Friday, September 3, 2010

...Here are three pieces that were published in "6S Volume 3," edited by the legendary Lydia Davis ("6S" stand for six sentences, meaning each story had to be six sentences or shorter.)

Moving Day

The box smells musty but after I shift some contents, it doesn’t. Maybe twenty-five years have passed since I’ve seen this; brittle now but still bearing the faintest sweet scent, still blushing berry hues in the bed of its pedals.
I carry it down the steps like a trophy, a gift, a caught butterfly, and I imagine time as things were when you held one side of your gowned chest to me, so clear-skinned and optimistic you were then, me pimpled and nervous that I’d stab you with the corsage pin.
I reenact it all, right down to the part where I hear your insistent voice say, “If we don’t get going pretty soon, we’ll never make it.”


We trade blows for awhile until I’m blinded by blood and sweat and he knows he has me defeated. He calls me denigrating names and kicks me in the ribs as I tumble.
There is no crowd. Years later there will be. He beats me now, this old man, but I will have my just desserts in time. People will pay.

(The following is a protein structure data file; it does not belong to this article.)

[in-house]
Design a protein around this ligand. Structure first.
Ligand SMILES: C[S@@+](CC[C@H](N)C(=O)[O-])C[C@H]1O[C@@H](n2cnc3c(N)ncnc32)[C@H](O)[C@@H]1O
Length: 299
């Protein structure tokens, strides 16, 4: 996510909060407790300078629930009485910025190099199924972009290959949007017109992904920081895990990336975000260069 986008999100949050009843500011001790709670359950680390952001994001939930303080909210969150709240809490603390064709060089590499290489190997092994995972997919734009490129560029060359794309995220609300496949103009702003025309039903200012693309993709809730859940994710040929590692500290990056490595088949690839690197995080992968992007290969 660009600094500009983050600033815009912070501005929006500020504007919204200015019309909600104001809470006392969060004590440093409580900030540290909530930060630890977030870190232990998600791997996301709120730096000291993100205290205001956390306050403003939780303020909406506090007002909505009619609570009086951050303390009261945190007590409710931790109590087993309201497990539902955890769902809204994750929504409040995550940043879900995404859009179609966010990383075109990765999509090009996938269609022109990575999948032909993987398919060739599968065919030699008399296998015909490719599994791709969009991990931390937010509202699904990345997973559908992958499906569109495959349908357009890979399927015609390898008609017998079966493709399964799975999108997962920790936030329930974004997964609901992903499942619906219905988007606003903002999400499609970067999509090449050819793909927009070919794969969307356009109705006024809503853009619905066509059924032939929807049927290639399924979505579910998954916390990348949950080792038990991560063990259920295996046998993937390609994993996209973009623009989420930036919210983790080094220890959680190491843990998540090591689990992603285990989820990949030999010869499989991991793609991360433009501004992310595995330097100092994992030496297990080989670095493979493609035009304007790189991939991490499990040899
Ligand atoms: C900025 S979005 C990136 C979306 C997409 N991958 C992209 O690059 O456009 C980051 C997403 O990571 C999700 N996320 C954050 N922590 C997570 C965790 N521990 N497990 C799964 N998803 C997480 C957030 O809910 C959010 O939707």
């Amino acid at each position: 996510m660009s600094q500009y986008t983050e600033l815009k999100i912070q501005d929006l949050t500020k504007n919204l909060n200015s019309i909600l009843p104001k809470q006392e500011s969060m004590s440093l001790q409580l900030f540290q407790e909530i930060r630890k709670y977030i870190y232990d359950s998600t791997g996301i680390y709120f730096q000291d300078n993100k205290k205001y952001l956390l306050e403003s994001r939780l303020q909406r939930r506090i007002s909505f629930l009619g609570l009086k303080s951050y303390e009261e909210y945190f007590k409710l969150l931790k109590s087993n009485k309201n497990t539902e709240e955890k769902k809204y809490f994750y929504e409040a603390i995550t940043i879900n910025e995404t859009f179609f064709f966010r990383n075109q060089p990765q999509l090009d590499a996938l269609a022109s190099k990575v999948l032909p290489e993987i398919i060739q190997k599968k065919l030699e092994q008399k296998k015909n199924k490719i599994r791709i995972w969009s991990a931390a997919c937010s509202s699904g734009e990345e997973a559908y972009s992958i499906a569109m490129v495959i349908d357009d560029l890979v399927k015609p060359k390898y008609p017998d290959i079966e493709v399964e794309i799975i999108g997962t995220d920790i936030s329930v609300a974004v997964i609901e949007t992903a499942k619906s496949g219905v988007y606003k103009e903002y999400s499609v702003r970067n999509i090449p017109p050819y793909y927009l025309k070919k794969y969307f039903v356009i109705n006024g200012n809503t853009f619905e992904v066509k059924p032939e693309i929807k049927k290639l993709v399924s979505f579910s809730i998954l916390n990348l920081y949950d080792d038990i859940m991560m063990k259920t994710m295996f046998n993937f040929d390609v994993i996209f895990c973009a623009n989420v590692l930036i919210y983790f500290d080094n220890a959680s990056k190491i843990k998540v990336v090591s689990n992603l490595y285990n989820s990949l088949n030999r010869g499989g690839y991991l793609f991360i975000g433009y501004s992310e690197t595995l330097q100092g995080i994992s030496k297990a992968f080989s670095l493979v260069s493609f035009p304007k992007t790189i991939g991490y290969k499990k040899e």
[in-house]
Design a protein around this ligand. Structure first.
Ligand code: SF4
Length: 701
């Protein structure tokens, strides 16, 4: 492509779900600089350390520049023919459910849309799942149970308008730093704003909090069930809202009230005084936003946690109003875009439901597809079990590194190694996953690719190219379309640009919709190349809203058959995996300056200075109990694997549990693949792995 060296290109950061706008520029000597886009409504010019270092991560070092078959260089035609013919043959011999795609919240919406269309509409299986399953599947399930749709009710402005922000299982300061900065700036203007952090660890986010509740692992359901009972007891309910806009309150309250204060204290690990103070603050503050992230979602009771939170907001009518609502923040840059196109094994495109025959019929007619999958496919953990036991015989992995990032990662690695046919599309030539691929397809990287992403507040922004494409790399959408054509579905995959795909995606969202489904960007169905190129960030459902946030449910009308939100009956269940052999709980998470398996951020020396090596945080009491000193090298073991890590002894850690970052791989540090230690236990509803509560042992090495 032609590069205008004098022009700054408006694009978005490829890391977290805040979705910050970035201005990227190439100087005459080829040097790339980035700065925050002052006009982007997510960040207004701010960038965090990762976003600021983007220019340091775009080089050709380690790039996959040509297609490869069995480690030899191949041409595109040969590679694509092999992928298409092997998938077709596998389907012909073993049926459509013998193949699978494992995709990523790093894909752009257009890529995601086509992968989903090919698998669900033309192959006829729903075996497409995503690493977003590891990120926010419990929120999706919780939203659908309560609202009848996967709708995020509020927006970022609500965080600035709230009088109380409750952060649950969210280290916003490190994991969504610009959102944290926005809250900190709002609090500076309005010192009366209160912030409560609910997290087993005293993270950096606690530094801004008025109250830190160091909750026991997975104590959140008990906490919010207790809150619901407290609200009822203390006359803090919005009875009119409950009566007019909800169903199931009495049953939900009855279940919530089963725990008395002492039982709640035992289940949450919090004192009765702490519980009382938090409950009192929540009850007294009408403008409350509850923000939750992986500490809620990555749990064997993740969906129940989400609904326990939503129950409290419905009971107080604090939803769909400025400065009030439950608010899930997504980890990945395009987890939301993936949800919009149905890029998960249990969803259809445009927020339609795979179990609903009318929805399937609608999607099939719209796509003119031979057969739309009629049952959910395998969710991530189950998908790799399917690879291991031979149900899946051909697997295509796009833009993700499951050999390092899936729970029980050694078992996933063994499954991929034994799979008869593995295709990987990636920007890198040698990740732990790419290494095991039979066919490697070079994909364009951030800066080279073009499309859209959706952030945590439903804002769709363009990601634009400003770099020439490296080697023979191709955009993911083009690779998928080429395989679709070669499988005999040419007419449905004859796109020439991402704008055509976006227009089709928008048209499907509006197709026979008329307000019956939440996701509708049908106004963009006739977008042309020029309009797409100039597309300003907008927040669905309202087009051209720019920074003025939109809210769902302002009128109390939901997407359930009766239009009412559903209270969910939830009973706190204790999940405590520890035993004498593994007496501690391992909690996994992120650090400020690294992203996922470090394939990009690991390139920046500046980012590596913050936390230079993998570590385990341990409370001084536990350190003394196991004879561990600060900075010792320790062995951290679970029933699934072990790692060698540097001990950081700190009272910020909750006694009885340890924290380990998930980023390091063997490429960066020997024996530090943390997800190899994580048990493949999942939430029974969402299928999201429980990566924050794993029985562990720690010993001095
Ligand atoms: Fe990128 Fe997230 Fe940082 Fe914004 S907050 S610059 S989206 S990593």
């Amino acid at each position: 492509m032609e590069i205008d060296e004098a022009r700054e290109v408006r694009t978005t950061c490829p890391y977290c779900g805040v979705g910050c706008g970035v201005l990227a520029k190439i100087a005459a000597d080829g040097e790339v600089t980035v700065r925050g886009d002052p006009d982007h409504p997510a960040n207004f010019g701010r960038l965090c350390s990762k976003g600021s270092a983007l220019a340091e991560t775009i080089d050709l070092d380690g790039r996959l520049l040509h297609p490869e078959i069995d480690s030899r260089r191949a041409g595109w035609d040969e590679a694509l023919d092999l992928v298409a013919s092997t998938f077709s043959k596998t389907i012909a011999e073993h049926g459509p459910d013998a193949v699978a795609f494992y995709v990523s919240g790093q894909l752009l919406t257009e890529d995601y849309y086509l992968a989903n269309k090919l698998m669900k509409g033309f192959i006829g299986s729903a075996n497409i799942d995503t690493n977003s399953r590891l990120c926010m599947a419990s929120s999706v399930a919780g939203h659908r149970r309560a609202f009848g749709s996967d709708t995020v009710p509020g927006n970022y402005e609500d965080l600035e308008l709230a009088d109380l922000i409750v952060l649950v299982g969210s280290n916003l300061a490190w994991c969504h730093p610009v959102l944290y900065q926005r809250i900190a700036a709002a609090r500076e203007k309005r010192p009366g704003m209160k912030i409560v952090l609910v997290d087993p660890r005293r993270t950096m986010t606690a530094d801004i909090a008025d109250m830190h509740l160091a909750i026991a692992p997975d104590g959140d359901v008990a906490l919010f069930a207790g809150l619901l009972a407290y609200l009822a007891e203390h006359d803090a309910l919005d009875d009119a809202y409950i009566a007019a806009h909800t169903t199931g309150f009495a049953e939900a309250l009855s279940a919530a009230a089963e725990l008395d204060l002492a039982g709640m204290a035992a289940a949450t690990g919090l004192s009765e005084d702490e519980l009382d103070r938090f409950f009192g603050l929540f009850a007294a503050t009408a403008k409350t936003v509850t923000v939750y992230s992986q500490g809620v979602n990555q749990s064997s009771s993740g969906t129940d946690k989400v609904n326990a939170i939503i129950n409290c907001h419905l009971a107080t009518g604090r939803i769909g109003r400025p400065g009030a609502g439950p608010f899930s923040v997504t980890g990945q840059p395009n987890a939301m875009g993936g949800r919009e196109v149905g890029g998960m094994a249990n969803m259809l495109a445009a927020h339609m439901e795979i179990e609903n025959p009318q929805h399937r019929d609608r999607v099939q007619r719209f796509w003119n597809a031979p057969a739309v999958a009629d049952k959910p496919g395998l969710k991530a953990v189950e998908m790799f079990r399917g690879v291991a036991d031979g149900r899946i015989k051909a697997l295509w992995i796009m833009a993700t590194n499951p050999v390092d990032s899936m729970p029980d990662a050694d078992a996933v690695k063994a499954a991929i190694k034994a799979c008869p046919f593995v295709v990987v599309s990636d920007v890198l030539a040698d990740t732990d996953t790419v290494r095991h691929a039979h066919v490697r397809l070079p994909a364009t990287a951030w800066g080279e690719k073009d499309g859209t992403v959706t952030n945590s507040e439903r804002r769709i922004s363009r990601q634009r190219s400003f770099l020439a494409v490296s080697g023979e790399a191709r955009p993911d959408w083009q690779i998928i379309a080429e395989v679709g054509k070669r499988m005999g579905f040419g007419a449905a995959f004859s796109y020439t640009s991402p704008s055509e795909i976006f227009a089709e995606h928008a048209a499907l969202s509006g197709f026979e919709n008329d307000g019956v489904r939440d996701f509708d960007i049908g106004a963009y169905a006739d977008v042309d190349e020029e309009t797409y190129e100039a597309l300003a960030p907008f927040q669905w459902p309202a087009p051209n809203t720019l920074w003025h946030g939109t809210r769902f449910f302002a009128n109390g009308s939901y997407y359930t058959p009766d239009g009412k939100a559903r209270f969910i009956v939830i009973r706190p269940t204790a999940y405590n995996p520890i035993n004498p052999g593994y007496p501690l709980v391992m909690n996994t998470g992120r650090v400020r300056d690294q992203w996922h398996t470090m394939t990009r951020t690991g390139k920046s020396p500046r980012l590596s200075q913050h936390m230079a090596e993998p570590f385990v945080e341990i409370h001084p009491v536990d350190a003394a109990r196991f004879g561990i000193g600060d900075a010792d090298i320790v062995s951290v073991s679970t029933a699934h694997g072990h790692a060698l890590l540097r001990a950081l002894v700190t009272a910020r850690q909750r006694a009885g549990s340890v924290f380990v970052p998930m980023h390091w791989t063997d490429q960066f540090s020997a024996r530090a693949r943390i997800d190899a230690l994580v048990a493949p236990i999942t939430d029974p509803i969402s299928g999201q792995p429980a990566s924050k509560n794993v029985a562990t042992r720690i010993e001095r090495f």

Sometimes it happens this way, with him driving 1-90 to work, seeing a plane floating low over Union Bay, toggling between buildings and it’ll catch him unaware and he’ll remember stopping at Starbucks that September morning, the newscaster’s baritone tremulous and uncertain, him and everyone thinking hoax, thinking Orson Wells, and then later that night, thinking Armageddon and Satan.
Many days afterward there was a Robert Deniro documentary and he thought this could be a teaching moment for Hailey, his young daughter, with whom he had custody on weekends.
He made cocoa with mini marshmallows and once they became soupy Lilly pads Hailey plucked their white guts with her little girl fingers and drew letters across his cheeks.
On the television the buildings simmered and smoldered, sirens shrieked, people leapt and bodies thumped. They’d left none of the horror or death out, and while he knew he should have switched the channel, he couldn’t, riveted as he was.
When the program finished, his daughter turned to him with a yawn and asked if he could read her a story.

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